The score as an act of organizing and arranging information is committed to ‘enabling consequential meaning,’ i.e. the composition as a construction constructing knowledge. The concept of knowledge is speculative acquiring meaning not only by a supposed capacity to mirror reality or to postulate any form of truth, but by way of generating ‘consequential meanings’; generating a circular flow of energy and matter; generating reason and opportunity to come together to rehearse, play, and learn; generating events of meeting, relating, and exchange. Similar to how an artwork functions, Whitehead’s ‘view from nowhere’ transforms and thereby creates meaning; a meaning continuously on the move together with all its collective histories and diverse senses of knowing.
Let us try to give such meaning a name, just for now, as a sketchy, temporary description. Let’s call it ‘con-science.’ Could ‘con-science’ become a form of intense knowledge, with amazement, curiosity, and experiment as its siblings and experience as the actual body by and through which the event (of ‘con-knowing’) appears? Or put differently: could we sensitize ourselves to the world? Could we open ourselves to new connections? What is necessary for such a meeting? Being primate, being mammal, being animal, being life form, being energy? Attempting of becoming ‘other’? Or conversely, relating to ‘other’? And if so, could we learn to relate? Could I relate to you, for example? Here language is understood as voice; here the words and sentences become voice: a voice with grain, and tone, and inflection; a voice that pauses and repeats itself; a voice with a sliding relationship between the eye and the ear.
By intently listening to that voice – as well and as much as to trees – ‘you are variations’ is suggesting an ambient poetics of politics operating as concrete, experimental collaborations, exploring urgent quantitative topics of scale, temporality, and relevance; as well as questions concerning the quality – such as complexity, proximity, and intensity – of our relation to trees and ourselves. In order to expand on the query, we are working together at the Institute for Forest, Snow and Landscape Research with a variety of trees, a cross-disciplinary group of agents, a hybrid set of methods and materials, and an open box of tools, to explore in-depth how to connect different ways of framing, perceiving, conceiving, meeting, engaging with, relating to, co-existing and living with trees and ourselves.
The project ‘you are variations’ takes place against the backdrop of concerns over the observable trends in climatic change and the related known and unknown modifications, both on a planetary level as well as within our own microclimates.10 It may be a hot topic for the media, while it actually is a most intricate subject matter: ‘you are variations’ draws attention to the complex water cycling and sophisticated energy balance of trees under different and changing environmental conditions. Its queries are relevant for contemporary regimes of scientific knowledge, especially those concerned with climate futures – cycles in planetary metabolic processes – as well as for queries regarding art’s capacity to cultivate a set of environmental dispositions that cause a break for thought, and at the same time might touch and move us for the sake of all human and non-human others we would like to live together and become intimate with.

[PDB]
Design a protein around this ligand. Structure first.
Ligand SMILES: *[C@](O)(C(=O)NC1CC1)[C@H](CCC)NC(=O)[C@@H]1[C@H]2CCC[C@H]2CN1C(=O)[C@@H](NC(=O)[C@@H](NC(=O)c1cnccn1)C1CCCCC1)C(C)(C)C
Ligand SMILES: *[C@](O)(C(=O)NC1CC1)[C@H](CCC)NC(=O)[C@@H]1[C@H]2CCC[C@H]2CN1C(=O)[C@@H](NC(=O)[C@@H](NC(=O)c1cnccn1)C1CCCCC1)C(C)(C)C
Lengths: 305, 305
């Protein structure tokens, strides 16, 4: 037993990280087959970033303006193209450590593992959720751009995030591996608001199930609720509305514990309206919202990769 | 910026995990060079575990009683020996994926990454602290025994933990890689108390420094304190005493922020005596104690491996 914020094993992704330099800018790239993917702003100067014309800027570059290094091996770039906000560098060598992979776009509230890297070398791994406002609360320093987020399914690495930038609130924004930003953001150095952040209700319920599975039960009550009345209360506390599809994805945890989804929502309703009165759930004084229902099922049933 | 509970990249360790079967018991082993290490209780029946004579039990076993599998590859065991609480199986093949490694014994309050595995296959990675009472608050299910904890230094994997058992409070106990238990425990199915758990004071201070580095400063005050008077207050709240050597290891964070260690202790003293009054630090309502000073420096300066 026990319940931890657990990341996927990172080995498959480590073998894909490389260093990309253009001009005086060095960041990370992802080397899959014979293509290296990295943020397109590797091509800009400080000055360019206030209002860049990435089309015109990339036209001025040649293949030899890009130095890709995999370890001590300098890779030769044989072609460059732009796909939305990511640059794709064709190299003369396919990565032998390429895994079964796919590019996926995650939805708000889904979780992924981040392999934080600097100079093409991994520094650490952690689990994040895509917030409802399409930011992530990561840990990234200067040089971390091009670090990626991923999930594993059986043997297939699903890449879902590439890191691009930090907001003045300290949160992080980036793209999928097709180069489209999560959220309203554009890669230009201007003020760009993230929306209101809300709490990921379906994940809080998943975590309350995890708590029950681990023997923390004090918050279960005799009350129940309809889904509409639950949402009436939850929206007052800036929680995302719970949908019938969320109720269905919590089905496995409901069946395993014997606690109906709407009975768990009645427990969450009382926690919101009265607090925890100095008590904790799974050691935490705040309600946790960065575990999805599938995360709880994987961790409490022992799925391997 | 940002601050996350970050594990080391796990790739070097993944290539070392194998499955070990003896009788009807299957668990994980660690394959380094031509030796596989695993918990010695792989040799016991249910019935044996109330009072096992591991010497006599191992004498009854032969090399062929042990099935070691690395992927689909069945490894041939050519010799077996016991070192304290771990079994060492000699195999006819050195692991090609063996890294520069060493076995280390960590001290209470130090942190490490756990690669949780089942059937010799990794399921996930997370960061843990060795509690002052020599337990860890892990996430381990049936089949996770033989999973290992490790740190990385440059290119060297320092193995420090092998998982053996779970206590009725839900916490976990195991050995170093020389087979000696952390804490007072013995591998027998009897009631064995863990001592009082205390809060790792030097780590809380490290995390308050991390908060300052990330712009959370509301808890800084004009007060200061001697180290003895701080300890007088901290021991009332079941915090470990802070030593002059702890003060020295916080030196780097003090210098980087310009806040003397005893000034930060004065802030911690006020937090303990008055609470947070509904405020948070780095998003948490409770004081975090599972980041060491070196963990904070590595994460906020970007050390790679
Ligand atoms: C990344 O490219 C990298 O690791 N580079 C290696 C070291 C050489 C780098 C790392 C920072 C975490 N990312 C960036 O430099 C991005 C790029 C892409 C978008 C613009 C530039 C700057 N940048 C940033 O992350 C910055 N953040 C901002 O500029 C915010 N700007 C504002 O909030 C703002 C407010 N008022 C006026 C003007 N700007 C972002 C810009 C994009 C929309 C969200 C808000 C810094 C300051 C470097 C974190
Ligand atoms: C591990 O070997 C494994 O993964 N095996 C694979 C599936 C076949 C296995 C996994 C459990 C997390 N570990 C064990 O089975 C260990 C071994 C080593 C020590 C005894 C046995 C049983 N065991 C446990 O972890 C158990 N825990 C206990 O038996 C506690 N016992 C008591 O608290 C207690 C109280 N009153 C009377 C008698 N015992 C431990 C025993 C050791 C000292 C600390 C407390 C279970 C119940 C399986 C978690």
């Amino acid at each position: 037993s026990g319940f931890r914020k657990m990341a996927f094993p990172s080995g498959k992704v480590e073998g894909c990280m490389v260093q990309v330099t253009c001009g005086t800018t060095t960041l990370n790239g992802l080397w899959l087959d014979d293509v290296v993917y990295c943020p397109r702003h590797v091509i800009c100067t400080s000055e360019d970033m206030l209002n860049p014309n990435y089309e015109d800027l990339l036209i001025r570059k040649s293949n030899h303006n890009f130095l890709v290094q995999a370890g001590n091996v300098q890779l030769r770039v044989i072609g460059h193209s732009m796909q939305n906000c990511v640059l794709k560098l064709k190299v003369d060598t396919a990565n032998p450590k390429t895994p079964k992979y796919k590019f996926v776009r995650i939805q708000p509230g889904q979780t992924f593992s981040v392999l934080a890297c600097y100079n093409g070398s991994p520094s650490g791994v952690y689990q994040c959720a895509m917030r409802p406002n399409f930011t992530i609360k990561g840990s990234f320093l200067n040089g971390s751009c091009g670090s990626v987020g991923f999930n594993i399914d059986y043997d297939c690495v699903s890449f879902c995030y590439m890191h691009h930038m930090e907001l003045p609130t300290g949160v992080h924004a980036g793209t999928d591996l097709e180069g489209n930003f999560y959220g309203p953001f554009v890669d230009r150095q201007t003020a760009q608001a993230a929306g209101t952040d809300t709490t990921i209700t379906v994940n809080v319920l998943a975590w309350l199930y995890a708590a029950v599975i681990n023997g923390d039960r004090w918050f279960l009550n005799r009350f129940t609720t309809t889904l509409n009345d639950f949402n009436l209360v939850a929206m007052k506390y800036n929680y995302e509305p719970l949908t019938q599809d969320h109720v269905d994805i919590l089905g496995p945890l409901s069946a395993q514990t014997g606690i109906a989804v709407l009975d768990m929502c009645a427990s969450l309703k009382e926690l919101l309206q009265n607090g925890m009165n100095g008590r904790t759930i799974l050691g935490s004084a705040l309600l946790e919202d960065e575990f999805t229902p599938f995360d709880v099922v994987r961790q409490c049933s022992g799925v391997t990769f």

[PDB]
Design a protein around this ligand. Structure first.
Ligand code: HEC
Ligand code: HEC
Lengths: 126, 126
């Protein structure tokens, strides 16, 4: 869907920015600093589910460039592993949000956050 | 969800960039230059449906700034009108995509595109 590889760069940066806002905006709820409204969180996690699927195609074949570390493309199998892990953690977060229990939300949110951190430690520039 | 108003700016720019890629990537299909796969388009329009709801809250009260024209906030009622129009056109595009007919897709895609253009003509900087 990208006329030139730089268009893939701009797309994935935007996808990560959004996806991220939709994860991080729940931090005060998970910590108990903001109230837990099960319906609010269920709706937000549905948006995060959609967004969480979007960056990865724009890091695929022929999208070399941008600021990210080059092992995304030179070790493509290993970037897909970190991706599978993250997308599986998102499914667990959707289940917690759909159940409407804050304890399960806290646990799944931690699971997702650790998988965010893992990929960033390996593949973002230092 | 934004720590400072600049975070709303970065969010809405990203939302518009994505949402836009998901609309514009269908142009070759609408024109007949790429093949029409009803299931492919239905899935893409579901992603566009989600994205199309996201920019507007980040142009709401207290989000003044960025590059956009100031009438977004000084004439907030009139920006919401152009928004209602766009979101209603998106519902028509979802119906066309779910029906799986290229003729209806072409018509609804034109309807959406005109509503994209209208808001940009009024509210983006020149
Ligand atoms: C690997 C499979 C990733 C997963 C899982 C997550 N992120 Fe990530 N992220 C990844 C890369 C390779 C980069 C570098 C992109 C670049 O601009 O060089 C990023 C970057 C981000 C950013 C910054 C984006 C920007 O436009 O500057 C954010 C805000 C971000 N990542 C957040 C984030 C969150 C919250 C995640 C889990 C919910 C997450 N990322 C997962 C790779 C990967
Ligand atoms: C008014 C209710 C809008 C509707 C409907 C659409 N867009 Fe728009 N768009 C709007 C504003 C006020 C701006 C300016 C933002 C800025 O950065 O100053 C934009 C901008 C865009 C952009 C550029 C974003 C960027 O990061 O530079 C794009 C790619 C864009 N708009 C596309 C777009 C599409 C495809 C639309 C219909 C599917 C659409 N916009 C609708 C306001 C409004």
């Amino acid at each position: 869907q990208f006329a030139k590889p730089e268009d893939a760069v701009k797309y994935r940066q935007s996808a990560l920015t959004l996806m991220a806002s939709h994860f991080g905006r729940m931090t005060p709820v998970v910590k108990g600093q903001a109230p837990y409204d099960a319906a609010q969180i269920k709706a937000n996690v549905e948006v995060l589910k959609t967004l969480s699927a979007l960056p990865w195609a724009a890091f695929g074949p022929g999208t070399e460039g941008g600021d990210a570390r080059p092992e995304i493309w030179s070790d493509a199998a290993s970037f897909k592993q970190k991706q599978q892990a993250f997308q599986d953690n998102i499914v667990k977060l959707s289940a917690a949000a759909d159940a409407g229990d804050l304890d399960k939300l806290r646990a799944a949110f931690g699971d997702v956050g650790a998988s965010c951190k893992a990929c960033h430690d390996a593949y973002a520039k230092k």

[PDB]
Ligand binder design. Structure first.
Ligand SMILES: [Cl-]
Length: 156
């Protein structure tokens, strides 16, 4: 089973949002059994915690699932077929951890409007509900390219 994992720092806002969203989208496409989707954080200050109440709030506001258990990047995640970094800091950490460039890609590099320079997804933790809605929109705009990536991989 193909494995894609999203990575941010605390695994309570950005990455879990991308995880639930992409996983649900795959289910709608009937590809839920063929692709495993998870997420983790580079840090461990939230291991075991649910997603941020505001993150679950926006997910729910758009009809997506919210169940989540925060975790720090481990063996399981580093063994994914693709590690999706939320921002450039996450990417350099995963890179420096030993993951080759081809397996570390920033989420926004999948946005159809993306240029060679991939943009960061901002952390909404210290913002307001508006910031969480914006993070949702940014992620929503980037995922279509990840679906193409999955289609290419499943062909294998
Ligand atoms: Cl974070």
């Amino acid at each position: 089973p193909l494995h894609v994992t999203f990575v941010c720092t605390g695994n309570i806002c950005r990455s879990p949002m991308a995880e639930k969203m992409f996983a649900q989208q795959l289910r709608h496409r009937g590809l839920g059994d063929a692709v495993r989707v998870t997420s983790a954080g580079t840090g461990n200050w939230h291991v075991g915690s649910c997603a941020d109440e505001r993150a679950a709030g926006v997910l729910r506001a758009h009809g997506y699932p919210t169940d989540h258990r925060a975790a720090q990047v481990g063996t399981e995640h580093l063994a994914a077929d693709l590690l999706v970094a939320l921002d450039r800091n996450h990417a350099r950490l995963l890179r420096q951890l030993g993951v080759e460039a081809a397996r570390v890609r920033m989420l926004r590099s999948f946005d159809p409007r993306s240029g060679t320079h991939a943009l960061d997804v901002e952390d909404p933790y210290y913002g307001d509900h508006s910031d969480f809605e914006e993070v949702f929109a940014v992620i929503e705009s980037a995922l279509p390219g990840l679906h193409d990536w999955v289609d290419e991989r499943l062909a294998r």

The contribution of ‘you are variations’ may lie in its own call and commitment to multiple and hybrid practices and investigations into diverse – hidden, existing, possible, and potential – relations. In this sense, ‘you are variations’ is a gesture that invites other gestures, an invitation to the inventive in translation, and a call that calls for(th) events of relating.
Please listen to two documentary extracts from: ‘you are variations’, version 04/02, Oct. 2014, and ‘you are variations’, version 04/03, Sept. 2015
you can simultaneously recite the following passage from the authors diary:
“…you must hold the tree in your eye like a child holding a stick:
it grips it so firmly that one marvels at the strength of the tiny fist.
And when it lets the stick go, there is not the slightest jerk.
Completely unselfconsciously, aimless, and without purpose,
it turns from the one to the other, and at the first instance
we probably would say that the child is playing with the tree,
were it not equally true that the tree is playing with the child.”
The author declares that they have no competing interests.
“…all things express other things,
as well as the world itself…